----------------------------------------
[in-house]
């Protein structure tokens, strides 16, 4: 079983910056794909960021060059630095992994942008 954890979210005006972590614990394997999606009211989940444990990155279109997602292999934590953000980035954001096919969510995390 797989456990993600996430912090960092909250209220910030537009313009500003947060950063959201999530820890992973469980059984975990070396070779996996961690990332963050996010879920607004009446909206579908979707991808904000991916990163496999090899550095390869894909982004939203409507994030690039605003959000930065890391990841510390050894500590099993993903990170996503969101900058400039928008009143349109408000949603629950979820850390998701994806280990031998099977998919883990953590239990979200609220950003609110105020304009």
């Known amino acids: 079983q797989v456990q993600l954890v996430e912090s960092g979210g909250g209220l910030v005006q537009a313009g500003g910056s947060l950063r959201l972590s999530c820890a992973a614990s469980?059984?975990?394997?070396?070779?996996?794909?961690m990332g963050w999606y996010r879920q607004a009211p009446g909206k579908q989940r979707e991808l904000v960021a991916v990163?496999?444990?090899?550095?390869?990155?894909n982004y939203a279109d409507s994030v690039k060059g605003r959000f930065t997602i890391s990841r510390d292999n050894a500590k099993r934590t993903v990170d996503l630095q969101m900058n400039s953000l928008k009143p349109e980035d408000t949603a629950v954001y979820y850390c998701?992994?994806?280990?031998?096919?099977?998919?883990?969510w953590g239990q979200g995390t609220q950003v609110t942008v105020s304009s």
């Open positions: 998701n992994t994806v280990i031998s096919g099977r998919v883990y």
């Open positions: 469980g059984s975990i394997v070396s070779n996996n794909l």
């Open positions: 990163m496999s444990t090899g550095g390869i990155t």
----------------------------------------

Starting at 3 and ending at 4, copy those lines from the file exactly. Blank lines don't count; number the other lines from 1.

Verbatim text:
């Known amino acids: 079983q797989v456990q993600l954890v996430e912090s960092g979210g909250g209220l910030v005006q537009a313009g500003g910056s947060l950063r959201l972590s999530c820890a992973a614990s469980?059984?975990?394997?070396?070779?996996?794909?961690m990332g963050w999606y996010r879920q607004a009211p009446g909206k579908q989940r979707e991808l904000v960021a991916v990163?496999?444990?090899?550095?390869?990155?894909n982004y939203a279109d409507s994030v690039k060059g605003r959000f930065t997602i890391s990841r510390d292999n050894a500590k099993r934590t993903v990170d996503l630095q969101m900058n400039s953000l928008k009143p349109e980035d408000t949603a629950v954001y979820y850390c998701?992994?994806?280990?031998?096919?099977?998919?883990?969510w953590g239990q979200g995390t609220q950003v609110t942008v105020s304009s």
């Open positions: 998701n992994t994806v280990i031998s096919g099977r998919v883990y």